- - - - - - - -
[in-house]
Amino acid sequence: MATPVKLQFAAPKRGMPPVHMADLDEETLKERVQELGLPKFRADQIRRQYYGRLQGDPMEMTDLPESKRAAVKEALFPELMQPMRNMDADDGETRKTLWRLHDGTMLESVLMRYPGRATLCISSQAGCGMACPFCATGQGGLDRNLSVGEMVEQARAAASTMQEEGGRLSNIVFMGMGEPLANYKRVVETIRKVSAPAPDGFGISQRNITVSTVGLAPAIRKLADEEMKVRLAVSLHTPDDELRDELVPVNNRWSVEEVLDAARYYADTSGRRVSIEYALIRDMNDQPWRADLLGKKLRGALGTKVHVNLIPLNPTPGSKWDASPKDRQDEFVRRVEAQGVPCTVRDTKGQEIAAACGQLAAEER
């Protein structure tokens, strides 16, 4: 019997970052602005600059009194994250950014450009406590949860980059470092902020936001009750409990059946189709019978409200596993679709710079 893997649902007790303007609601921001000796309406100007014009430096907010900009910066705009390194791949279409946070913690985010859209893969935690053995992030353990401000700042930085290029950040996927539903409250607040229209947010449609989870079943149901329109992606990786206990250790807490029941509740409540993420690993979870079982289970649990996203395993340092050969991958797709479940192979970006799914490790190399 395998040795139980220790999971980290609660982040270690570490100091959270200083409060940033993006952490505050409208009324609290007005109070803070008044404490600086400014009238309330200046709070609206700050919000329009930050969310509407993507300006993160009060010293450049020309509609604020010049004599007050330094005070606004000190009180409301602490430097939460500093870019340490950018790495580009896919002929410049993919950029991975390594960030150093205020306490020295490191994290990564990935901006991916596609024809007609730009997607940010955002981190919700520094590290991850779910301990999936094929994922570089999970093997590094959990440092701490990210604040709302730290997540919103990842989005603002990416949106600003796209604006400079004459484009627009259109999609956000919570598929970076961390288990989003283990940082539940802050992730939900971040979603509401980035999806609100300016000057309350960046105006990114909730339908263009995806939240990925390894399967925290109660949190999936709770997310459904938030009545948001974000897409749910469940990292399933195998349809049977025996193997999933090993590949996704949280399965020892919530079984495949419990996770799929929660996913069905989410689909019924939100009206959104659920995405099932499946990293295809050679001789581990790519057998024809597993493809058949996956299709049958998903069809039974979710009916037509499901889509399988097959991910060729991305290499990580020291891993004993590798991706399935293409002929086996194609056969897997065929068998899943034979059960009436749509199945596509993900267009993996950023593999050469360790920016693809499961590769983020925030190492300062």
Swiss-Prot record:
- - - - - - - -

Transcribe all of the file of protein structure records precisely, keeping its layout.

[in-house]
Amino acid sequence: MATPVKLQFAAPKRGMPPVHMADLDEETLKERVQELGLPKFRADQIRRQYYGRLQGDPMEMTDLPESKRAAVKEALFPELMQPMRNMDADDGETRKTLWRLHDGTMLESVLMRYPGRATLCISSQAGCGMACPFCATGQGGLDRNLSVGEMVEQARAAASTMQEEGGRLSNIVFMGMGEPLANYKRVVETIRKVSAPAPDGFGISQRNITVSTVGLAPAIRKLADEEMKVRLAVSLHTPDDELRDELVPVNNRWSVEEVLDAARYYADTSGRRVSIEYALIRDMNDQPWRADLLGKKLRGALGTKVHVNLIPLNPTPGSKWDASPKDRQDEFVRRVEAQGVPCTVRDTKGQEIAAACGQLAAEER
């Protein structure tokens, strides 16, 4: 019997970052602005600059009194994250950014450009406590949860980059470092902020936001009750409990059946189709019978409200596993679709710079 893997649902007790303007609601921001000796309406100007014009430096907010900009910066705009390194791949279409946070913690985010859209893969935690053995992030353990401000700042930085290029950040996927539903409250607040229209947010449609989870079943149901329109992606990786206990250790807490029941509740409540993420690993979870079982289970649990996203395993340092050969991958797709479940192979970006799914490790190399 395998040795139980220790999971980290609660982040270690570490100091959270200083409060940033993006952490505050409208009324609290007005109070803070008044404490600086400014009238309330200046709070609206700050919000329009930050969310509407993507300006993160009060010293450049020309509609604020010049004599007050330094005070606004000190009180409301602490430097939460500093870019340490950018790495580009896919002929410049993919950029991975390594960030150093205020306490020295490191994290990564990935901006991916596609024809007609730009997607940010955002981190919700520094590290991850779910301990999936094929994922570089999970093997590094959990440092701490990210604040709302730290997540919103990842989005603002990416949106600003796209604006400079004459484009627009259109999609956000919570598929970076961390288990989003283990940082539940802050992730939900971040979603509401980035999806609100300016000057309350960046105006990114909730339908263009995806939240990925390894399967925290109660949190999936709770997310459904938030009545948001974000897409749910469940990292399933195998349809049977025996193997999933090993590949996704949280399965020892919530079984495949419990996770799929929660996913069905989410689909019924939100009206959104659920995405099932499946990293295809050679001789581990790519057998024809597993493809058949996956299709049958998903069809039974979710009916037509499901889509399988097959991910060729991305290499990580020291891993004993590798991706399935293409002929086996194609056969897997065929068998899943034979059960009436749509199945596509993900267009993996950023593999050469360790920016693809499961590769983020925030190492300062």
Swiss-Prot record: